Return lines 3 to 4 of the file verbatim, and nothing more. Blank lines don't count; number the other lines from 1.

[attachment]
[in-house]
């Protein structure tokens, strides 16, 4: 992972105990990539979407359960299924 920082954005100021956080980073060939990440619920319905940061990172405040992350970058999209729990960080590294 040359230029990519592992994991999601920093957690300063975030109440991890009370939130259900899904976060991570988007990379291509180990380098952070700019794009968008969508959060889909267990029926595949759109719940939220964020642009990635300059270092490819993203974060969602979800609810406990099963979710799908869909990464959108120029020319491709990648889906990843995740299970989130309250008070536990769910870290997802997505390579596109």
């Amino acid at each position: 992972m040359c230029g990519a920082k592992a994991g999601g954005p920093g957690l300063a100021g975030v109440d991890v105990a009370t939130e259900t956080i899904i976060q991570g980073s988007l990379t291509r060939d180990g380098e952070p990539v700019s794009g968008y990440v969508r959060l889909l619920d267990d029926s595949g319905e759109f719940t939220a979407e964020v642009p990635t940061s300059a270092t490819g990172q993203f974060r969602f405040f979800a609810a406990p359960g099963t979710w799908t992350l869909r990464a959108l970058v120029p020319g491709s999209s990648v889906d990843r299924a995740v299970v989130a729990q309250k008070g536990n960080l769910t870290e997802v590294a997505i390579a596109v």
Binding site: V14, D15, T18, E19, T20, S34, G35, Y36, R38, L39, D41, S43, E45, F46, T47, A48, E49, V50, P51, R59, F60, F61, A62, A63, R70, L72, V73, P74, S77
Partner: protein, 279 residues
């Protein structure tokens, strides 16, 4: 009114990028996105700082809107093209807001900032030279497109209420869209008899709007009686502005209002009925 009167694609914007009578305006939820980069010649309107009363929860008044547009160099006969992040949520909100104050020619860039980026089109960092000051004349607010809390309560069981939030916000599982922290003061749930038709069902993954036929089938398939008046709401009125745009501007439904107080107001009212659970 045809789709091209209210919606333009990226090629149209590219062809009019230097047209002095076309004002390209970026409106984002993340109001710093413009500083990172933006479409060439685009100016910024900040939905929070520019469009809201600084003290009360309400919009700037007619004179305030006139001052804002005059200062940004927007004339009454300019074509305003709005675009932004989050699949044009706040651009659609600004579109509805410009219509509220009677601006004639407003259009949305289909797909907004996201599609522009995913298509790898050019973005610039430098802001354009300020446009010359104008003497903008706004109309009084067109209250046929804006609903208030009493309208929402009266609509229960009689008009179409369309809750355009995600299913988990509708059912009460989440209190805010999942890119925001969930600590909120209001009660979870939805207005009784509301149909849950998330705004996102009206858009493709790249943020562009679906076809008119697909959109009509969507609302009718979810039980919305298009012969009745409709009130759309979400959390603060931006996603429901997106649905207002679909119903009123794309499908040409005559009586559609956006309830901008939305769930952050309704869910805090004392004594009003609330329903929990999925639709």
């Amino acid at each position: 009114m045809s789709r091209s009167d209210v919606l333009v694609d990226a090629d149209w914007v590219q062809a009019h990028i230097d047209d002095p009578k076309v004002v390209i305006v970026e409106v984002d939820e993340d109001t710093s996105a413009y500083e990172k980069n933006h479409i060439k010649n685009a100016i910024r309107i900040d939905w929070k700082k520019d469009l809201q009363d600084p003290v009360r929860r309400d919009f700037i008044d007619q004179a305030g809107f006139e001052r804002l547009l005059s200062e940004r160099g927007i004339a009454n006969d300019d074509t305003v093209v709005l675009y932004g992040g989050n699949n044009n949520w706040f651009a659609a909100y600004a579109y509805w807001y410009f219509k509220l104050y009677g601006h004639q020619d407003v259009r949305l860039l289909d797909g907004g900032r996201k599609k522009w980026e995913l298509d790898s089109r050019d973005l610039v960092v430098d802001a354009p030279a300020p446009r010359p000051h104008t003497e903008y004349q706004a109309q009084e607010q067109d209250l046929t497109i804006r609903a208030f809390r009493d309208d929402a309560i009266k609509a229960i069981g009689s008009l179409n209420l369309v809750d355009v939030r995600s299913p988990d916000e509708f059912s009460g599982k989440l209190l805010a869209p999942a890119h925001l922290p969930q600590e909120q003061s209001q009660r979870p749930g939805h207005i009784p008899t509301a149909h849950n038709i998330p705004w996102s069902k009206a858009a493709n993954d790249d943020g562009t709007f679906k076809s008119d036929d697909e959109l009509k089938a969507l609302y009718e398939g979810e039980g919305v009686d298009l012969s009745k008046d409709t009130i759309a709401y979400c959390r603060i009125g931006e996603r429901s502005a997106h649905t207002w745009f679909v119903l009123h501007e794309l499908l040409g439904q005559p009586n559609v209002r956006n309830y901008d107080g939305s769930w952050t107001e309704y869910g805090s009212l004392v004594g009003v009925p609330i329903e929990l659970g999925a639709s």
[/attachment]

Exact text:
């Amino acid at each position: 992972m040359c230029g990519a920082k592992a994991g999601g954005p920093g957690l300063a100021g975030v109440d991890v105990a009370t939130e259900t956080i899904i976060q991570g980073s988007l990379t291509r060939d180990g380098e952070p990539v700019s794009g968008y990440v969508r959060l889909l619920d267990d029926s595949g319905e759109f719940t939220a979407e964020v642009p990635t940061s300059a270092t490819g990172q993203f974060r969602f405040f979800a609810a406990p359960g099963t979710w799908t992350l869909r990464a959108l970058v120029p020319g491709s999209s990648v889906d990843r299924a995740v299970v989130a729990q309250k008070g536990n960080l769910t870290e997802v590294a997505i390579a596109v």
Binding site: V14, D15, T18, E19, T20, S34, G35, Y36, R38, L39, D41, S43, E45, F46, T47, A48, E49, V50, P51, R59, F60, F61, A62, A63, R70, L72, V73, P74, S77